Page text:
leper


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lep·er

 (lĕp′ər)
n.
1. A person affected by leprosy.
2. A person who is avoided by others; a pariah.

[Middle English, from lepre, leprosy, from Old French, from Late Latin lepra, from Greek lepros, scaly, from lepis, scale.]

leper

(ˈlɛpə)
n
1. (Pathology) a person who has leprosy
2. derogatory a person who is ignored or despised
[C14: via Late Latin from Greek lepra, noun use of lepros scaly, from lepein to peel]
Usage: Rather than talking about a leper or lepers, it is better to talk about a person with leprosy and people with leprosy

lep•er

(ˈlɛp ər)

n.
1. a person who has leprosy.
2. a person rejected or ostracized for unacceptable behavior, opinions, character, or the like; outcast.
[1350–1400; Middle English lepre leprosy < Latin lepra < Greek lépra, n. use of feminine of leprós scaly, akin to lépos scale, lépein to peel]
ThesaurusAntonymsRelated WordsSynonymsLegend:
Noun1.leper - a person afflicted with leprosyleper - a person afflicted with leprosy  
diseased person, sick person, sufferer - a person suffering from an illness
2.leper - a pariah who is avoided by others
castaway, outcast, pariah, Ishmael - a person who is rejected (from society or home)

leper

noun outcast, reject, untouchable, pariah, lazar (archaic) The article branded her a social leper.
Translations
شَخْص أبْرَص
malomocný
spedalsk
henkilöhyljeksiäspitaalinen
מצרע
leprás
holdsveikur maîur
raupsairaupsuotasis
lepras slimnieks, spitālīgais
trędowaty
malomocný
cüzzamlı kimse

leper

[ˈlepəʳ]
A. Nleproso/a m/f (also fig)
B. CPD leper colony Nleprosería f, colonia f de leprosos

leper

[ˈlɛpər] nlépreux/euse m/fleper colony nléproserie f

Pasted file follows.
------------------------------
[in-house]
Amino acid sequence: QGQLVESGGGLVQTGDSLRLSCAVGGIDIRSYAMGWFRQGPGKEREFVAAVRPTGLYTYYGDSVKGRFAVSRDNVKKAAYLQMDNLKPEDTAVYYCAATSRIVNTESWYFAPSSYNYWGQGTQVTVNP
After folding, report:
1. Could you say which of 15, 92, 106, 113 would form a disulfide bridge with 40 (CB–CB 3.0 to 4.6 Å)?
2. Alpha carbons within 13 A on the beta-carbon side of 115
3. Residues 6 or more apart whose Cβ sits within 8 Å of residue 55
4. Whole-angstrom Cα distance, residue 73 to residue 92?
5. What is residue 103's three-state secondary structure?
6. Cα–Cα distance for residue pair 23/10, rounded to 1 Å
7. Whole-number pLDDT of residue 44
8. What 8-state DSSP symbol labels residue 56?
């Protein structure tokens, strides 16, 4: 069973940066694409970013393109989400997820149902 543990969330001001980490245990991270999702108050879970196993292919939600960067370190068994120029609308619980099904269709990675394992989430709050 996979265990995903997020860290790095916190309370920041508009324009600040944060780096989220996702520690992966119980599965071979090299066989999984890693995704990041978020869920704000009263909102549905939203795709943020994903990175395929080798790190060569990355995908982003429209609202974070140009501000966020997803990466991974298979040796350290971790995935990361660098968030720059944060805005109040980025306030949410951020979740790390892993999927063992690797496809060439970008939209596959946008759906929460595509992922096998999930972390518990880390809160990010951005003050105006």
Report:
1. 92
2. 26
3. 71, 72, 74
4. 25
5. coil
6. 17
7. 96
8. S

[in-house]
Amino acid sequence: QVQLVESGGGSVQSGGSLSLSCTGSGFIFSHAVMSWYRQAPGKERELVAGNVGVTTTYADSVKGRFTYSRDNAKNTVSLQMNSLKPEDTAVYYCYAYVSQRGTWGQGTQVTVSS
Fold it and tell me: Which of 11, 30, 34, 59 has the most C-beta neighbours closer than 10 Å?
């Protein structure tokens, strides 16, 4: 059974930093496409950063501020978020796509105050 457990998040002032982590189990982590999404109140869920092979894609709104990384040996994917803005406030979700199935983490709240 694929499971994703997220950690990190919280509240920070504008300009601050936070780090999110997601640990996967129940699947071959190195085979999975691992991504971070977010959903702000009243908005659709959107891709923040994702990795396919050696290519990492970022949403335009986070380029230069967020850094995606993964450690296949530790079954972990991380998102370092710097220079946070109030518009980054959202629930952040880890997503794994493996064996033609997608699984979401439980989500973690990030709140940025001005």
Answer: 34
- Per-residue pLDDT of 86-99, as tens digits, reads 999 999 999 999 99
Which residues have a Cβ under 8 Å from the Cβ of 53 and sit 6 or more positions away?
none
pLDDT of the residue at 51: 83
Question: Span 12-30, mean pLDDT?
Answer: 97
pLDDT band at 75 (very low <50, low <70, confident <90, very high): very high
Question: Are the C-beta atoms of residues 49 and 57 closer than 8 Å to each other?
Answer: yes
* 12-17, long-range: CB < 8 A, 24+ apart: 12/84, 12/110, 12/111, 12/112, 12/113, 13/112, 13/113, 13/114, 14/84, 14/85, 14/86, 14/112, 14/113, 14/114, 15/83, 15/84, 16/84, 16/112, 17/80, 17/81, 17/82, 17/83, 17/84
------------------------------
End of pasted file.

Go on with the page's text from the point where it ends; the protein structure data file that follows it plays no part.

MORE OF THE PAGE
leper

nLeprakranke(r) mf, → Lepröse(r) mf (spec), → Aussätzige(r) mf (old, fig)

leper

[ˈlɛpəʳ] nlebbroso/a

leper

(ˈlepə) noun
a person who has leprosy.
ˈleprosy (-rəsi) noun
a contagious skin disease, causing serious and permanent damage to the body, including loss of fingers, nose etc.

lep·er

a. leproso-a, lazarino-a; que sufre de lepra.
References in classic literature ?
This king was a leper, and all his doctors had been unable to cure him, when a very clever physician came to his court.
When you look at yourself in the glass you see the typical appearance of the leper.
As she opened the door he smelt the sickly sweet smell which makes the neighbourhood of the leper nauseous.
Next, he saw the girl in the leper refuge and remembered it was for love of him that she had let him go.
Strangely enough, the house they point out to you now as his, has been turned into a leper hospital, and the inmates expose their horrid deformities and hold up their hands and beg for bucksheesh when a stranger enters.
In the busy street, in the crowded room, in the grind of work, in the whirl of pleasure, amid the many or amid the few--wherever men congregate together, wherever the music of human speech is heard and human thought is flashed from human eyes, there, shunned and solitary, the shy man, like a leper, stands apart.
He remembered how for months, trusting in what they told him, he had implored God to heal him as He had healed the Leper and made the Blind to see.
Pierre was received as if he were a corpse or a leper.
While Stella read My Graves, punctuating its tragic paragraphs with chuckles, and Rusty slept the sleep of a just cat who has been out all night curled up on a Jane Andrews tale of a beautiful maiden of fifteen who went to nurse in a leper colony -- of course dying of the loathsome disease finally -- Anne glanced over the other manuscripts and recalled the old days at Avonlea school when the members of the Story Club, sitting under the spruce trees or down among the ferns by the brook, had written them.
For by it you are rendered infamous, and driven, like lepers of old, out of society; at least, from the society of all but wicked and reprobate persons; for no others will associate with you.
When the train came into the station, Anna got out into the crowd of passengers, and moving apart from them as if they were lepers, she stood on the platform, trying to think what she had come here for, and what she meant to do.
They were as dogs, wild beasts, lepers, and no soul that valued its hope of eternal life would throw it away by meddling in any sort with these rebuked and smitten outcasts.